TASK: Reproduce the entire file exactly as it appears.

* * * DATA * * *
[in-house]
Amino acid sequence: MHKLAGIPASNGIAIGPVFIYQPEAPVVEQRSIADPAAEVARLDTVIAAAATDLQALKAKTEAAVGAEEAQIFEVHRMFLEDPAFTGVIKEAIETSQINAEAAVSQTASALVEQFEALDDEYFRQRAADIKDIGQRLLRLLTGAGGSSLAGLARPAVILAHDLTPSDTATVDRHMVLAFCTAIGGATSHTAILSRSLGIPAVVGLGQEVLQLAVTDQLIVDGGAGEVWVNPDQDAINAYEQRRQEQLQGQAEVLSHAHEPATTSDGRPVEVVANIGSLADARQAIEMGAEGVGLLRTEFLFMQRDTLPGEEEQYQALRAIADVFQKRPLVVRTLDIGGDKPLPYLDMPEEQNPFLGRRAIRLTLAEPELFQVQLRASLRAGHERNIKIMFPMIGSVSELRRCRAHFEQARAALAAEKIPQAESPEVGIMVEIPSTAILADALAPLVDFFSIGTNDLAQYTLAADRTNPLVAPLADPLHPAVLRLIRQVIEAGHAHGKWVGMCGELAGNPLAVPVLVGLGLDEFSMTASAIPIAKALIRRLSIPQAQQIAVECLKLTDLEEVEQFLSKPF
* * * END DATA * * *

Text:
[in-house]
Amino acid sequence: MHKLAGIPASNGIAIGPVFIYQPEAPVVEQRSIADPAAEVARLDTVIAAAATDLQALKAKTEAAVGAEEAQIFEVHRMFLEDPAFTGVIKEAIETSQINAEAAVSQTASALVEQFEALDDEYFRQRAADIKDIGQRLLRLLTGAGGSSLAGLARPAVILAHDLTPSDTATVDRHMVLAFCTAIGGATSHTAILSRSLGIPAVVGLGQEVLQLAVTDQLIVDGGAGEVWVNPDQDAINAYEQRRQEQLQGQAEVLSHAHEPATTSDGRPVEVVANIGSLADARQAIEMGAEGVGLLRTEFLFMQRDTLPGEEEQYQALRAIADVFQKRPLVVRTLDIGGDKPLPYLDMPEEQNPFLGRRAIRLTLAEPELFQVQLRASLRAGHERNIKIMFPMIGSVSELRRCRAHFEQARAALAAEKIPQAESPEVGIMVEIPSTAILADALAPLVDFFSIGTNDLAQYTLAADRTNPLVAPLADPLHPAVLRLIRQVIEAGHAHGKWVGMCGELAGNPLAVPVLVGLGLDEFSMTASAIPIAKALIRRLSIPQAQQIAVECLKLTDLEEVEQFLSKPF